Pity
Pity Pit"y, n.; pl. {Pities}. [OE. pite, OF. pit['e], piti['e], F. piti['e], L. pietas piety, kindness, pity. See {Pious}, and cf. {Piety}.] 1. Piety. [Obs.] --Wyclif. [1913 Webster]

2. A feeling for the sufferings or distresses of another or others; sympathy with the grief or misery of another; compassion; fellow-feeling; commiseration. [1913 Webster]

He that hath pity upon the poor lendeth unto the Lord. --Prov. xix. 17. [1913 Webster]

He . . . has no more pity in him than a dog. --Shak. [1913 Webster]

3. A reason or cause of pity, grief, or regret; a thing to be regretted. ``The more the pity.'' --Shak. [1913 Webster]

What pity is it That we can die but once to serve our country! --Addison. [1913 Webster]

Note: In this sense, sometimes used in the plural, especially in the colloquialism: ``It is a thousand pities.'' [1913 Webster]

Syn: Compassion; mercy; commiseration; condolence; sympathy, fellow-suffering; fellow-feeling. -- {Pity}, {Sympathy}, {Compassion}. Sympathy is literally fellow-feeling, and therefore requiers a certain degree of equality in situation, circumstances, etc., to its fullest exercise. Compassion is deep tenderness for another under severe or inevitable misfortune. Pity regards its object not only as suffering, but weak, and hence as inferior. [1913 Webster]


The Collaborative International Dictionary of English. 2000.

Synonyms:

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  • Pity — implies tender or sometimes slightly contemptuous sorrow for one in misery or distress. By the nineteenth century, two different kinds of pity had come to be distinguished, which we might call benevolent pity and contemptuous pity (see Kimball).… …   Wikipedia

  • pity — [pit′ē] n. pl. pities [ME pite < OFr pitet < L pietas: see PIETY] 1. sorrow felt for another s suffering or misfortune; compassion; sympathy 2. the ability to feel such compassion 3. a cause for sorrow or regret vt., vi. pitied, pitying [ …   English World dictionary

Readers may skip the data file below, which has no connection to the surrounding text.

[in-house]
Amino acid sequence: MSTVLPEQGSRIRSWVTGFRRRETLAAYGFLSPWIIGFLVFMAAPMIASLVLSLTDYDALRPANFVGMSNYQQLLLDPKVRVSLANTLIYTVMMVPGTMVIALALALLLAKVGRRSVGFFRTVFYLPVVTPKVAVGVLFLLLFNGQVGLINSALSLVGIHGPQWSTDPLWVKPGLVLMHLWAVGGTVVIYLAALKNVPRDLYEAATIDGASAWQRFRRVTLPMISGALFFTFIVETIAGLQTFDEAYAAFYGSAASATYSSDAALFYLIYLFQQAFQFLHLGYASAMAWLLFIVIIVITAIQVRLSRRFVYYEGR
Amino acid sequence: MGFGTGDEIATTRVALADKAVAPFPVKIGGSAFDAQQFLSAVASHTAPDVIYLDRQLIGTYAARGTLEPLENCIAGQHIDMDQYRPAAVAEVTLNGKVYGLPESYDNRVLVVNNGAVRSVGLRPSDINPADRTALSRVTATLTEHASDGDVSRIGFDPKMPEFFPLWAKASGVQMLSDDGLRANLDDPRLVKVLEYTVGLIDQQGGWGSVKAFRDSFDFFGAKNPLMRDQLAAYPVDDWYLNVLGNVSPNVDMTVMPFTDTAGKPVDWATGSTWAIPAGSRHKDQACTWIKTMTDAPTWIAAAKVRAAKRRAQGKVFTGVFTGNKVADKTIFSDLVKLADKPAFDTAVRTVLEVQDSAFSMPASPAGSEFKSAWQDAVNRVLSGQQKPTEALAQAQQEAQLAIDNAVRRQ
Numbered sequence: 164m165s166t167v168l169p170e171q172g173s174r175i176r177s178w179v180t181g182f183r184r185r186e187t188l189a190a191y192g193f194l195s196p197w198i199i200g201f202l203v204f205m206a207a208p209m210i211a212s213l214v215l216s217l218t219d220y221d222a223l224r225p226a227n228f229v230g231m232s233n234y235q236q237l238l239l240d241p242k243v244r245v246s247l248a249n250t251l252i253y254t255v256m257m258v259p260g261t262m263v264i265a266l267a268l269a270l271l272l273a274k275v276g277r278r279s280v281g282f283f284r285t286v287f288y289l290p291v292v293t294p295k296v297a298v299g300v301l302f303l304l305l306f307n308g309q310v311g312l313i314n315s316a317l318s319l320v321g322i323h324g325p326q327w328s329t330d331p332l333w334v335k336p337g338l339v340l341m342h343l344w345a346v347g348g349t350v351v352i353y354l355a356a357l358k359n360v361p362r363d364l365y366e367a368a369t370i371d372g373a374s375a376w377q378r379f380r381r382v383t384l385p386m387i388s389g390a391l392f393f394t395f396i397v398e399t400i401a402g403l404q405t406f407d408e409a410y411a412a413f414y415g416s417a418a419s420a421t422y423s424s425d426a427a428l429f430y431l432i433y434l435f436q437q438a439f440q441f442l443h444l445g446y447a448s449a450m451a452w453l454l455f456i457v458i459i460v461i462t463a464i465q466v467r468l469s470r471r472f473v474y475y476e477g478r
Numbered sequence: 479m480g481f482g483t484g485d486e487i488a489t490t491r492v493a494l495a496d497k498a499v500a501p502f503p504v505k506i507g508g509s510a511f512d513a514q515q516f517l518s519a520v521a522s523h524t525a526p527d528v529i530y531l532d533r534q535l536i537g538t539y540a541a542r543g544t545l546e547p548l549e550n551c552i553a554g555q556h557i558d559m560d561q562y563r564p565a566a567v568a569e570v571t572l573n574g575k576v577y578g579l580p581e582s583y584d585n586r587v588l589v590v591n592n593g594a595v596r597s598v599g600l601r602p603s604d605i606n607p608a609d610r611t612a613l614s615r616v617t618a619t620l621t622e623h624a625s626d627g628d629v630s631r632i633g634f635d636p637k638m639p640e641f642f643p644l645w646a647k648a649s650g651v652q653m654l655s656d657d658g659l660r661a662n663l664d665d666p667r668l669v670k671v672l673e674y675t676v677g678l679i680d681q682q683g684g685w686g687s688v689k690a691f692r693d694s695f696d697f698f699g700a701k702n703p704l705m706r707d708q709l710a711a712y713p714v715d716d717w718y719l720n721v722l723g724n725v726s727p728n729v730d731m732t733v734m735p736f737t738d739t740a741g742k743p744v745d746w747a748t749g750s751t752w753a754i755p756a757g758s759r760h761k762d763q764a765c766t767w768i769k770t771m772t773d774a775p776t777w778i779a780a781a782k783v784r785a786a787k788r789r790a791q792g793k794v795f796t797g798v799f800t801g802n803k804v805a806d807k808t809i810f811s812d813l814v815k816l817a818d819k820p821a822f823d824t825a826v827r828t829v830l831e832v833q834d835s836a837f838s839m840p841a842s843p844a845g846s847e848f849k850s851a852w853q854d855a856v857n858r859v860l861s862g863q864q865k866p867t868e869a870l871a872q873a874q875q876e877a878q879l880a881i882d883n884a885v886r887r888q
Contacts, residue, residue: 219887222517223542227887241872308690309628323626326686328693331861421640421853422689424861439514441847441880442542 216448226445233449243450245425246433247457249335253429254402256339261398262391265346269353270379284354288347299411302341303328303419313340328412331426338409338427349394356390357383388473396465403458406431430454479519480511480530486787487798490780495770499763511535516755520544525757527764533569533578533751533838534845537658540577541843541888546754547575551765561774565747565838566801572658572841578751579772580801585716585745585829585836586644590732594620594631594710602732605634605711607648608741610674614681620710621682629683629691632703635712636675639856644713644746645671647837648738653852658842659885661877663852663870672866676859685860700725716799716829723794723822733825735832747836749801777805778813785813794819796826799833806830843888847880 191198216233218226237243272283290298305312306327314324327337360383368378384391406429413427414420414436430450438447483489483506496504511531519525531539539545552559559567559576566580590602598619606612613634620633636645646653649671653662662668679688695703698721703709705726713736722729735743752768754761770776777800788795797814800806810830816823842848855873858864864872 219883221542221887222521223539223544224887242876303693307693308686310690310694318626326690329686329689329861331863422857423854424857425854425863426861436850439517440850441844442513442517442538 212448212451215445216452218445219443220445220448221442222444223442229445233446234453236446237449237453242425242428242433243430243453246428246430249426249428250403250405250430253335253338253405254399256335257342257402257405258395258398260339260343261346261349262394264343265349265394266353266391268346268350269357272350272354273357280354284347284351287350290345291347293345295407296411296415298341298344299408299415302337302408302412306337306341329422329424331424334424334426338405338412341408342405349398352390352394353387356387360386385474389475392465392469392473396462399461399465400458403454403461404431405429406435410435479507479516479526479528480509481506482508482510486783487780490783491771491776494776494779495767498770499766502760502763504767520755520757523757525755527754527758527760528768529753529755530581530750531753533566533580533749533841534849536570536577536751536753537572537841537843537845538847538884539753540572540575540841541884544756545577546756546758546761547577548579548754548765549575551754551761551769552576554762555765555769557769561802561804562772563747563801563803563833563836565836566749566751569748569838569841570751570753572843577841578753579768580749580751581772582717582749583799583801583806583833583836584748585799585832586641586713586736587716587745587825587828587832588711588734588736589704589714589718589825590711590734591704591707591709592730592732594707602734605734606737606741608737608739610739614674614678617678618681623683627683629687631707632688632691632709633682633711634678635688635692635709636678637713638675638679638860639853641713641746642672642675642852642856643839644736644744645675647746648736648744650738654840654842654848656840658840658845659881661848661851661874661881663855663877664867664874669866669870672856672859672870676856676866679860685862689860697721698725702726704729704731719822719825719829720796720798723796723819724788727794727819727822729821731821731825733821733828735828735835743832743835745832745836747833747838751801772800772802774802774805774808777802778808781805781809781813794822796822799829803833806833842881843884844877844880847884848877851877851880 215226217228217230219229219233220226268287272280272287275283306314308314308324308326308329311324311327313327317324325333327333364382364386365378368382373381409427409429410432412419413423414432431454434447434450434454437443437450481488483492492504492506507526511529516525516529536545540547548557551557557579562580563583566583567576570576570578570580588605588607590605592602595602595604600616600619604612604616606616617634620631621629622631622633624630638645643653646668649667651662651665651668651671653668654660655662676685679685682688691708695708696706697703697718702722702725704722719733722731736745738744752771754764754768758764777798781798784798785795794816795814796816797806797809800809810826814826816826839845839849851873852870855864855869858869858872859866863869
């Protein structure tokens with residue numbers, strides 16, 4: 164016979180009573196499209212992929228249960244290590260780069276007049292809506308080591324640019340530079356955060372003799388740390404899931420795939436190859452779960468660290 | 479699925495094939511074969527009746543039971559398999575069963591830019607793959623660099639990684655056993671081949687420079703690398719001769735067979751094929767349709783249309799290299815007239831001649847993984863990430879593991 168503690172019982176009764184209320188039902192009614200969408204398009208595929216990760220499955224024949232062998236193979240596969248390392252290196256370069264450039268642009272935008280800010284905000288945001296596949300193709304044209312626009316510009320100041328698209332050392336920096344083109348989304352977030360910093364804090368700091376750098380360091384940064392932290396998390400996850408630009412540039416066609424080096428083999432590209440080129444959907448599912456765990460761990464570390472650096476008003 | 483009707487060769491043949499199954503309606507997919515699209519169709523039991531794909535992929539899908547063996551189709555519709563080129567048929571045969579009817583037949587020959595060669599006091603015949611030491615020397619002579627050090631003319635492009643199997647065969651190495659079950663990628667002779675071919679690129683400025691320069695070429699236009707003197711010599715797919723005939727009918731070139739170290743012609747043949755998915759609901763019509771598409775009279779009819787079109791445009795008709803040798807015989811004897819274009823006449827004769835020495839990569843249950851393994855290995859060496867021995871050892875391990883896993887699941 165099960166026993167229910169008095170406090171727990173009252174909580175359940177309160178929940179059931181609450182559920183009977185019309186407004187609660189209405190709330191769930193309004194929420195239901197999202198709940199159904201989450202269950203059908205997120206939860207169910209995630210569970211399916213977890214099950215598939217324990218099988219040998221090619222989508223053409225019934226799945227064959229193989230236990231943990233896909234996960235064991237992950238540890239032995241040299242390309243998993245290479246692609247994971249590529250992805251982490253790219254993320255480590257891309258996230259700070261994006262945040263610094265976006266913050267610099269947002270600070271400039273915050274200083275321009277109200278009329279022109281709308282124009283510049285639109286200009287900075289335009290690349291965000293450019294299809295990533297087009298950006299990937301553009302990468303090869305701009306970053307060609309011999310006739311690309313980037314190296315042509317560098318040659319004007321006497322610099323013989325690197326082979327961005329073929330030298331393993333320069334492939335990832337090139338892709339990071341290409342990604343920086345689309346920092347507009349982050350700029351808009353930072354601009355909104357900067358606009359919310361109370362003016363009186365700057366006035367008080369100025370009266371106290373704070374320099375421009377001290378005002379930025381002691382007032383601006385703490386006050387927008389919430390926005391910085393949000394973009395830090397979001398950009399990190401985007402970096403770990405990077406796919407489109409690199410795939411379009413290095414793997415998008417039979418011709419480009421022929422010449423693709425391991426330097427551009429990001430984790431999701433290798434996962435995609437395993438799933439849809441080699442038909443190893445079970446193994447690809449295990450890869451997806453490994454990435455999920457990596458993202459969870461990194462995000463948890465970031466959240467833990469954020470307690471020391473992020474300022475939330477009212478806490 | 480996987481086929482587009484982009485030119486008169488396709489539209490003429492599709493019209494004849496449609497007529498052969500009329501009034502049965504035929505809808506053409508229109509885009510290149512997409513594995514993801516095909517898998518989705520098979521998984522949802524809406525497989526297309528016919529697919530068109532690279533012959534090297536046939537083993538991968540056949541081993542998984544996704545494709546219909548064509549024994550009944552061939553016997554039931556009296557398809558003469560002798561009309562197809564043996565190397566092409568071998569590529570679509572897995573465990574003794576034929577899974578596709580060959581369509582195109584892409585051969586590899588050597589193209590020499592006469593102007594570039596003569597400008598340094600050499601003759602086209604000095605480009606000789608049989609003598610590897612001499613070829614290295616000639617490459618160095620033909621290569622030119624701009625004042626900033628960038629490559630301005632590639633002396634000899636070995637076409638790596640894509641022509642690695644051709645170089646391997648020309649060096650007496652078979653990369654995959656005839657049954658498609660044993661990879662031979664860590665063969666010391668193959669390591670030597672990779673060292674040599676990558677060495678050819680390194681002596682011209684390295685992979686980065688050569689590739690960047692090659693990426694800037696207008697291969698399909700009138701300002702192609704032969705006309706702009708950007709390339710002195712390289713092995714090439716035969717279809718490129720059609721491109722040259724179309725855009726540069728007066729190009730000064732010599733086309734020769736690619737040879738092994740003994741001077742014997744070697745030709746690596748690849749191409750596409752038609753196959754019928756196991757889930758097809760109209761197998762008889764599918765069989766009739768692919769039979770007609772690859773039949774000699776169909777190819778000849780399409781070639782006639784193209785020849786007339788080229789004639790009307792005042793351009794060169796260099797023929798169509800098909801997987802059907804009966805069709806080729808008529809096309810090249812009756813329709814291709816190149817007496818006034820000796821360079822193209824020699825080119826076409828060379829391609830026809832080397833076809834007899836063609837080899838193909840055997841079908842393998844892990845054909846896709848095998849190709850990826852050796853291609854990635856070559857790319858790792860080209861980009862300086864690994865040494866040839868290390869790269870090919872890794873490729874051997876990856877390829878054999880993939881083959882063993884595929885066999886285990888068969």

• pity — ► NOUN (pl. pities) 1) a feeling of sorrow and compassion caused by the sufferings of others. 2) a cause for regret or disappointment. ► VERB (pities, pitied) ▪ feel pity for. ● for pity s sake …   English terms dictionary

  • pity — (n.) early 13c., from O.Fr. pite, pitet (11c., Mod.Fr. pitié), from L. pietatem (nom. pietas) piety, affection, duty, in L.L. gentleness, kindness, pity, from pius (see PIOUS (Cf. pious)). Replaced O.E. mildheortness, lit. mild heartness, itself… …   Etymology dictionary

  • pity — [n1] feeling of mercy toward another benevolence, charity, clemency, comfort, commiseration, compassion, compunction, condolement, condolence, dejection, distress, empathy, favor, forbearance, goodness, grace, humanity, kindliness, kindness,… …   New thesaurus

  • Pity — Pit y, v. t. [imp. & p. p. {Pitied}; p. pr. & vb. n. {Pitying}.] 1. To feel pity or compassion for; to have sympathy with; to compassionate; to commiserate; to have tender feelings toward (any one), awakened by a knowledge of suffering. [1913… …   The Collaborative International Dictionary of English

  • Pity — Pit y, v. i. To be compassionate; to show pity. [1913 Webster] I will not pity, nor spare, nor have mercy. Jer. xiii. 14. [1913 Webster] …   The Collaborative International Dictionary of English

  • pity — pity·ing; pity; pity·ing·ly; …   English syllables

  • pity — The type Pity we can t get this to work is an acceptable conversational shortening of It is a pity that… …   Modern English usage

  • Pity — (Pitje), holländische Benennung der japanischen u. chinesischen Scheidemünze, deren man sonst auf Java 50 auf den Stüber rechnete …   Pierer's Universal-Lexikon

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